Dr. Solomon Young Hip Arthritis/Replacement
Hip replacement in the young patient. The Young Adult and Teenager.
General advise on hip arthritis and hip replacement is provided under the section Hip Replacement Recommendations.
Hip Replacement surgery has been well recognised as one of the best quality of life outcomes surgery for the past 100 years. Hip replacement was pioneered by Dr John Charnley in the late 1960's and now 50 years later technology has evolved significantly that has resulted in longer lasting implants and the ability to replace younger patients hips.
Studies around the world have shown that well designed and tried and tested implants should last 25-30 years or possibly even longer. The Australian National Joint Register has contributed significantly to the reporting on success rates of young patients having hip replacement surgery.
Dr Solomon has extensive experience (over 22 years) in young adult and teenager hip problems that may need hip osteotomy surgery to preserve joint function or hip replacement surgery for end stage arthritis. He is recognised as one of the leaders in his field of hip surgery.
Dr Solomon has published on the results of hip replacement surgery in patients under 20 years of age (Solomon et al J Bone Joint Surg Am, 2014 Dec 17) This group of young patients often present with disabling and debilitating hip pain as an end result of major hip problems in childhood. An updated analysis is currently being performed and should be available later this year (2020)
Dr Solomon's General Summary of the younger age hip replacement (under age 55).
The first important fact to understand is that in patients under the age of 55 there are a choice of bearing surfaces and in males a potential choice for a hip resurfacing replacement. I DO NOT resurface female patients due to the three times higher failure rate in females compared to males.
In general, I prefer a ceramic on ceramic bearing surface for patients under the age of 60 (unless a young male has chosen to have a resurfacing. See section on resurfacing )
The advantage of ceramic on ceramic bearings is that the reported wear rate is extremely low and in over 22 years of orthopaedics I am yet to see a worn-out ceramic bearing. The new highly cross linked polyethelene is also showing excellent outcomes at 15 years.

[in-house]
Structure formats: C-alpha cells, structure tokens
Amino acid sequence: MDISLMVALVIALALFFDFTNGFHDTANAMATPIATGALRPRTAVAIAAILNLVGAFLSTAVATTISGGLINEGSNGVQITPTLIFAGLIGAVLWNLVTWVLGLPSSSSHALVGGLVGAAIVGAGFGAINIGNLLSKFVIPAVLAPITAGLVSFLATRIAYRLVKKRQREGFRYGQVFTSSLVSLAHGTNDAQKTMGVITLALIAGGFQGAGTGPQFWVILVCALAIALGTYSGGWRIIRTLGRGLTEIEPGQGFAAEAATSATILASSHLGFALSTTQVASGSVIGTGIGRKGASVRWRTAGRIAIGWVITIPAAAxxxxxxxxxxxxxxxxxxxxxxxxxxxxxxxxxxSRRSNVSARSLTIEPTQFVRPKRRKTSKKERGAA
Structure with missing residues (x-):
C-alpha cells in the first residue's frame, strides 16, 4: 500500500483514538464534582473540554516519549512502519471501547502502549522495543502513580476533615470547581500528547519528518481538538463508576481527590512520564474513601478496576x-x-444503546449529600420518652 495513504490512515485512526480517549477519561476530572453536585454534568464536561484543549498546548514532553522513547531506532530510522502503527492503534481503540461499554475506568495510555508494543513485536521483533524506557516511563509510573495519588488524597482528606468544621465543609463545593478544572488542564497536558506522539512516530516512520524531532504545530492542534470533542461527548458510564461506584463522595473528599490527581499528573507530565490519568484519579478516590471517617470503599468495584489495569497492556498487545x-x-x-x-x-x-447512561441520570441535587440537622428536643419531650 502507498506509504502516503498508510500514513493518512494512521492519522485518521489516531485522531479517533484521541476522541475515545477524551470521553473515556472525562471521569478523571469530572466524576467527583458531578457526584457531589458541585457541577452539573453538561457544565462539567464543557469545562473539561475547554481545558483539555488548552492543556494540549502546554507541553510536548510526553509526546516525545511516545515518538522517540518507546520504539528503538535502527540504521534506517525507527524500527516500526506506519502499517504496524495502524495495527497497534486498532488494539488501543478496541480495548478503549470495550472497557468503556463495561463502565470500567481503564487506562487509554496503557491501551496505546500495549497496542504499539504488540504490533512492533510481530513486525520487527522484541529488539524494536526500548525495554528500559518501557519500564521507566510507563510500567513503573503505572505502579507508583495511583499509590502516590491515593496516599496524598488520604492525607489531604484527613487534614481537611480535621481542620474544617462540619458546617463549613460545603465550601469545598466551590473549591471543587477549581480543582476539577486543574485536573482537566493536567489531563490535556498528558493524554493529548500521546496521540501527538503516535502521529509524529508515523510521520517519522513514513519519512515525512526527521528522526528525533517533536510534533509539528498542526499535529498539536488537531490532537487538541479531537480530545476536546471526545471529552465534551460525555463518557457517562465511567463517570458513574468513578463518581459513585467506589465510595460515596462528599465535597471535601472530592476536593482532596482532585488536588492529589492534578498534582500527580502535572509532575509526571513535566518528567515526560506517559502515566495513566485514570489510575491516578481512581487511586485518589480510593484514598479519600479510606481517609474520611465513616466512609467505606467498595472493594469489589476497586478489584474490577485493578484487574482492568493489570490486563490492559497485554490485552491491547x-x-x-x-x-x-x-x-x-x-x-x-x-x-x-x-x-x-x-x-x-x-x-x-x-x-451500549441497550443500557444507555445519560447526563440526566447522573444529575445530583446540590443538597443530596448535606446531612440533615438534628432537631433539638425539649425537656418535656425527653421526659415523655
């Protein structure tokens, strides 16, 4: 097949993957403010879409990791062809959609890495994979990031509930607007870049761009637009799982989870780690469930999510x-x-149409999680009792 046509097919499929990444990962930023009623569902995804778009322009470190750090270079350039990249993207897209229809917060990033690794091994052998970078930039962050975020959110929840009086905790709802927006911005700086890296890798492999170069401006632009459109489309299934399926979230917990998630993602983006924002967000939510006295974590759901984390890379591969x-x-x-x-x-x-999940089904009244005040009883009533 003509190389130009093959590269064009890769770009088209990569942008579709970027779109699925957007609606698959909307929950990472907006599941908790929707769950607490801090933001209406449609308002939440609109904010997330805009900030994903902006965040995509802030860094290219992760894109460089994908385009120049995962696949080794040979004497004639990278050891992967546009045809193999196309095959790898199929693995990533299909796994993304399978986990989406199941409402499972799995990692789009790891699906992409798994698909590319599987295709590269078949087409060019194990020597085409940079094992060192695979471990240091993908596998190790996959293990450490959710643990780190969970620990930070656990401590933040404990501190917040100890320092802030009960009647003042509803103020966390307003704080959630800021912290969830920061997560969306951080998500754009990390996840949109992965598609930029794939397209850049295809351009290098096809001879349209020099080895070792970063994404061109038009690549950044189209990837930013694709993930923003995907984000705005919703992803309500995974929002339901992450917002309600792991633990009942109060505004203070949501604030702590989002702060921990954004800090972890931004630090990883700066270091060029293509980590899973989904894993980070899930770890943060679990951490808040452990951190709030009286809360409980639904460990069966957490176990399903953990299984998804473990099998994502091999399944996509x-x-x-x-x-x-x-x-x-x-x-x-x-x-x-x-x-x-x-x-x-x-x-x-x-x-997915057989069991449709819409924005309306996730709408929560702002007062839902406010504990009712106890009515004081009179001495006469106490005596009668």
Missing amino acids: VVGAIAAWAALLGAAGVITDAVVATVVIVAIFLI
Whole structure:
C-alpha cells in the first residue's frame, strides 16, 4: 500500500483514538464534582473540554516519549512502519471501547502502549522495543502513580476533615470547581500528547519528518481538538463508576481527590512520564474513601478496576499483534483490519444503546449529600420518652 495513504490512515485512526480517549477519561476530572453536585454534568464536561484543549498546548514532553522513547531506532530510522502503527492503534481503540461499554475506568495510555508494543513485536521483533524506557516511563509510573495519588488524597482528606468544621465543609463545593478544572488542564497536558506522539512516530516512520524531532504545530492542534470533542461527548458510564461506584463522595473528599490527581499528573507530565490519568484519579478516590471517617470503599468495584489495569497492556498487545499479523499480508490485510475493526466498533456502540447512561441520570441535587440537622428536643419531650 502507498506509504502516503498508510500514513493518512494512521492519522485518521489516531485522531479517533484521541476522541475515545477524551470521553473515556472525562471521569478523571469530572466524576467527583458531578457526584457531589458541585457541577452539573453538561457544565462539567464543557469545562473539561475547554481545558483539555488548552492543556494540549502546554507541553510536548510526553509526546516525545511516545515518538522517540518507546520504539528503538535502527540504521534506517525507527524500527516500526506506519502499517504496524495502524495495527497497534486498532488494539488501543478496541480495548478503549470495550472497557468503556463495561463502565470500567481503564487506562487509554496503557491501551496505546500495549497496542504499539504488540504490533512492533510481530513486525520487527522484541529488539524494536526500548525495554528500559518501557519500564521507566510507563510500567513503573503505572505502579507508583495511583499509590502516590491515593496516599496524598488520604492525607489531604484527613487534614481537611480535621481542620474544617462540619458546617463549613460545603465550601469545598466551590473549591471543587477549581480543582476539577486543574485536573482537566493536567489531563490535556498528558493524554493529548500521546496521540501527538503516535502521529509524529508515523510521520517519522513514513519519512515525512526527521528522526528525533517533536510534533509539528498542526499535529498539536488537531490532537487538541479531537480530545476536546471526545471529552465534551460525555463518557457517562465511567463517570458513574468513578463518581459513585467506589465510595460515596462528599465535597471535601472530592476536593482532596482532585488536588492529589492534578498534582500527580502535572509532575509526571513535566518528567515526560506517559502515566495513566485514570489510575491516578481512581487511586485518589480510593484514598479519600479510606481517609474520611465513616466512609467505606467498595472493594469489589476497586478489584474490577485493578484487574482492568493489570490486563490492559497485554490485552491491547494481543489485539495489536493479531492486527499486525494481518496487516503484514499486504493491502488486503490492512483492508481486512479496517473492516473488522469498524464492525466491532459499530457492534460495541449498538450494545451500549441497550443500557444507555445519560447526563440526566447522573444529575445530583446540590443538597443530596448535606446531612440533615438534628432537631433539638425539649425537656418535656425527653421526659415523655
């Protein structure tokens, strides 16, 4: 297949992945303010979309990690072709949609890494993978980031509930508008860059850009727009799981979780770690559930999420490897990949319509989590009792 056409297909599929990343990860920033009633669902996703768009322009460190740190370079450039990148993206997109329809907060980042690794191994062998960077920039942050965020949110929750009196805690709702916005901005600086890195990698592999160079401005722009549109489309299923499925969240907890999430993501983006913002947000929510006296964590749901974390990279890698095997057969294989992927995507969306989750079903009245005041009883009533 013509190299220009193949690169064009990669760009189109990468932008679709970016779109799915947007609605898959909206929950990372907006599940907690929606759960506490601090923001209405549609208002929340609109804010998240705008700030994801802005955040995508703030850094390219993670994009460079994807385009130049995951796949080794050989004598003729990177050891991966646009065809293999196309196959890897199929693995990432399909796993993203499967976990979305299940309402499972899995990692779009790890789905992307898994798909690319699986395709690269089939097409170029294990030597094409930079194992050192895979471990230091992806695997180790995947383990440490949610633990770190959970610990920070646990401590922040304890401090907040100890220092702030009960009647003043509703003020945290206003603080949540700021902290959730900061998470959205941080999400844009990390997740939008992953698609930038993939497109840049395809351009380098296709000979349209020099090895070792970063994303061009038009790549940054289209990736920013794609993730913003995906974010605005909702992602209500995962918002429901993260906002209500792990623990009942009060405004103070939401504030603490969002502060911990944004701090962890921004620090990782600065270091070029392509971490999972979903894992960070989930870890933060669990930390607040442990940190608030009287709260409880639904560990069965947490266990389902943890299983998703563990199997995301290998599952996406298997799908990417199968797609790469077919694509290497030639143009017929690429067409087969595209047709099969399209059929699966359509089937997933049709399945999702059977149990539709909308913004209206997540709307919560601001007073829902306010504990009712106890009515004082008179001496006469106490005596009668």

A small disadvantage of ceramic on ceramic is that in rare circumstances (around 1%) Ceramic on ceramic bearings may experience a squeak in certain extreme hip movements. Newer technology is now helping surgeons align implants more accurately to reduce this potential of squeaking. www.coringroup.com/au/solutions/optimized-positioning-system-ops/
Dr Solomon was one of the principal research and design surgeons of this new technology and uses this patient specific hip analysis in his preoperative work up.
The other exceedingly rare complication with ceramic is a ceramic fracture. The material however has improved so much that the ceramic manufactures report a 0.001% rate of fracture (1 in a 100 000).
Ceramic on highly cross-linked polyethylene is proving to be an exceptionally good bearing and the advantage of this bearing is that it does not squeak. I believe that when we have 20 year outcome data on this bearing, most replacements will likely use this "hard on soft" combination.
Male and Female under Age 55 outcomes
There are almost 50000 primary Hip Replacements performed every year in Australia. Fifteen percent (15%) are performed in patients under the age of 55. The data below is extrapolated from the Australian National Joint Register online publication.
There is a difference with respect to primary diagnosis in patients aged less than 55 years compared to older age groups. The proportion of procedures undertaken in young patients for standard primary osteoarthritis is 78.0% compared to 90.0% for those aged 55 years and older.
In the younger age group, there is an increased proportion of patients with the diagnoses of developmental dysplasia, perthes, slipped epiphyses, avascular necrosis, rheumatoid arthritis, ‘other inflammatory arthritis’ and tumour.